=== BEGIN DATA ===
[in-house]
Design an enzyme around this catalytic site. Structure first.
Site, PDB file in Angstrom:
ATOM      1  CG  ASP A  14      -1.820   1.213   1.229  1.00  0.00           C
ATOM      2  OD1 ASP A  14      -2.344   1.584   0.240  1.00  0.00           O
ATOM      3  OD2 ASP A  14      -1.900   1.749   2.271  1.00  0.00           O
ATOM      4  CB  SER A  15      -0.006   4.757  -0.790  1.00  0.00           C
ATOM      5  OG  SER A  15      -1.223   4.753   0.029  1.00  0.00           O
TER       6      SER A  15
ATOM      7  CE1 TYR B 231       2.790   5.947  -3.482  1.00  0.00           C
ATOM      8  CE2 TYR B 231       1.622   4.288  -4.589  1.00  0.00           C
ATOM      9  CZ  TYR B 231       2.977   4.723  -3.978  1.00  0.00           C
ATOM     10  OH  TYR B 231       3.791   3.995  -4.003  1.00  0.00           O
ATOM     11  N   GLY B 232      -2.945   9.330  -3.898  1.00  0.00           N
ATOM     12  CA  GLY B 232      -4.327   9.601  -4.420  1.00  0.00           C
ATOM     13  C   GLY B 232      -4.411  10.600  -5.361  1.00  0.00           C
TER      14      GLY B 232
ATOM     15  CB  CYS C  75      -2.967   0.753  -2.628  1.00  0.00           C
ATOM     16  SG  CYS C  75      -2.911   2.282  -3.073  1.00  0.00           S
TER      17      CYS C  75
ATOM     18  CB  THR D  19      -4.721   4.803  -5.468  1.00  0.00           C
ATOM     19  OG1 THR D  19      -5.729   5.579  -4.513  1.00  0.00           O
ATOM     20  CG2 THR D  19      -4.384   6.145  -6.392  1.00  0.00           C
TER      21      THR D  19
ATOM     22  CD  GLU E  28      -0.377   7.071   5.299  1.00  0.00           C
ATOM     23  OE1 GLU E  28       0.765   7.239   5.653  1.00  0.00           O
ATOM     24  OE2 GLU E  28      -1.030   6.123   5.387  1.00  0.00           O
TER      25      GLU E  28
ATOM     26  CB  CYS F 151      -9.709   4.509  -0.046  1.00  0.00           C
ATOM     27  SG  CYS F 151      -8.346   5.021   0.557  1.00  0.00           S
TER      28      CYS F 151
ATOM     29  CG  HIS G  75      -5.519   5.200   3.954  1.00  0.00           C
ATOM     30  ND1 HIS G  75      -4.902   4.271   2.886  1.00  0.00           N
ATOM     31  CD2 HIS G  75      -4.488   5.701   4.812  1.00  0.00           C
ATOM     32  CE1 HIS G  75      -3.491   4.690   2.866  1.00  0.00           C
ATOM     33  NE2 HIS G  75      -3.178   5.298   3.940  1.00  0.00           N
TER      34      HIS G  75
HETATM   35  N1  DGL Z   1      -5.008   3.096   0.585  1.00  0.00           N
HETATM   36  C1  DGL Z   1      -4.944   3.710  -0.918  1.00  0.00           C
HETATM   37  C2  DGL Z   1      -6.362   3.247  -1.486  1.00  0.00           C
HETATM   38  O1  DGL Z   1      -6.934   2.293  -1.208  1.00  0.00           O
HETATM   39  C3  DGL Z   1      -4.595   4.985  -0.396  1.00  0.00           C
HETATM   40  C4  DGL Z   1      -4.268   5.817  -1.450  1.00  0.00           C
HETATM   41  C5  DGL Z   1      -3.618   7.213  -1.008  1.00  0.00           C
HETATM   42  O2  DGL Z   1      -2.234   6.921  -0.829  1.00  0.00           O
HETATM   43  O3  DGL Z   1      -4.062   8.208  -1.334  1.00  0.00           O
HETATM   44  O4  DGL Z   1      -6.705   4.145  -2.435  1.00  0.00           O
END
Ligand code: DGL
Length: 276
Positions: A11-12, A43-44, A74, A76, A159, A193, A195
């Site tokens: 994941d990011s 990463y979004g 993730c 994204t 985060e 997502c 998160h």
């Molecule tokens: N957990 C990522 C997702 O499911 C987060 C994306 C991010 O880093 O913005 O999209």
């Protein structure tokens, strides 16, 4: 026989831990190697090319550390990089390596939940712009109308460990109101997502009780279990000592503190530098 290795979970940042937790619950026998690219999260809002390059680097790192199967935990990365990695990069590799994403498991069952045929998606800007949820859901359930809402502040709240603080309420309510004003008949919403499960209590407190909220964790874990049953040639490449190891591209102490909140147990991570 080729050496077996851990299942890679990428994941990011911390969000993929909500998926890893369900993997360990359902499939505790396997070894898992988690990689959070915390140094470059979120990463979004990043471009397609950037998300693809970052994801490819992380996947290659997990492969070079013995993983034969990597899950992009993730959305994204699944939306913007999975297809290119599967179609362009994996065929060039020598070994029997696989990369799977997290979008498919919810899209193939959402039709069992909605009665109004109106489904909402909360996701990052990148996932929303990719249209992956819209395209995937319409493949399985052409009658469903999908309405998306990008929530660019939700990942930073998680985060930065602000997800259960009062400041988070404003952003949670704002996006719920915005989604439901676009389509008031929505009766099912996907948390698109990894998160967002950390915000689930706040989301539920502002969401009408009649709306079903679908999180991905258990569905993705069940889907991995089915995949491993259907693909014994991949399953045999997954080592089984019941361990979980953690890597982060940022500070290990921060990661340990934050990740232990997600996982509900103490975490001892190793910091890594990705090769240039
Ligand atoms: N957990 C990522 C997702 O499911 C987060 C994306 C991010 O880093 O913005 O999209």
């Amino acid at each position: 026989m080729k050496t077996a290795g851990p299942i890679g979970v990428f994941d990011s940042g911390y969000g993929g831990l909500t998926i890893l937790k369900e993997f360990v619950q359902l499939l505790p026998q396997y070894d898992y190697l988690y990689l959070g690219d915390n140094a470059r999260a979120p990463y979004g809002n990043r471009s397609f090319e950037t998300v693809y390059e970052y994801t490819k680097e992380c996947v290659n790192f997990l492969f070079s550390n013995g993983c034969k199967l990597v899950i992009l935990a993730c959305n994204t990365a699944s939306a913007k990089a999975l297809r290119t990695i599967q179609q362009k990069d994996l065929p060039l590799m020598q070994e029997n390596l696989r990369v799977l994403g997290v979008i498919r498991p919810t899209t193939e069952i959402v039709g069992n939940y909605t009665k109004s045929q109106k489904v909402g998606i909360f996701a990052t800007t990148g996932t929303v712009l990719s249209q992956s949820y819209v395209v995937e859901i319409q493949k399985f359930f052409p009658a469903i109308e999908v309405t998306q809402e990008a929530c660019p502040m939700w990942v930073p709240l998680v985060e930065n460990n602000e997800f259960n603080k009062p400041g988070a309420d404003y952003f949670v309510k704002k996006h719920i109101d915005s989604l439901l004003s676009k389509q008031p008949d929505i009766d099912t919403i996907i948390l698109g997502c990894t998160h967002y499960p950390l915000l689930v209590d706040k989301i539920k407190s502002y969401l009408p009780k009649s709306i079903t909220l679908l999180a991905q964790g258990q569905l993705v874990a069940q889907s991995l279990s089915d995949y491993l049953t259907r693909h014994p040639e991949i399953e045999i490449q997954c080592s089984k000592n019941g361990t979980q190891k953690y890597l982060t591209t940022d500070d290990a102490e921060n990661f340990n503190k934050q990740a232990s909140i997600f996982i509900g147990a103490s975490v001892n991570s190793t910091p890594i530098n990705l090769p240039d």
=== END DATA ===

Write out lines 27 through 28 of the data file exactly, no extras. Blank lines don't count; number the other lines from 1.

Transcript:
ATOM     24  OE2 GLU E  28      -1.030   6.123   5.387  1.00  0.00           O
TER      25      GLU E  28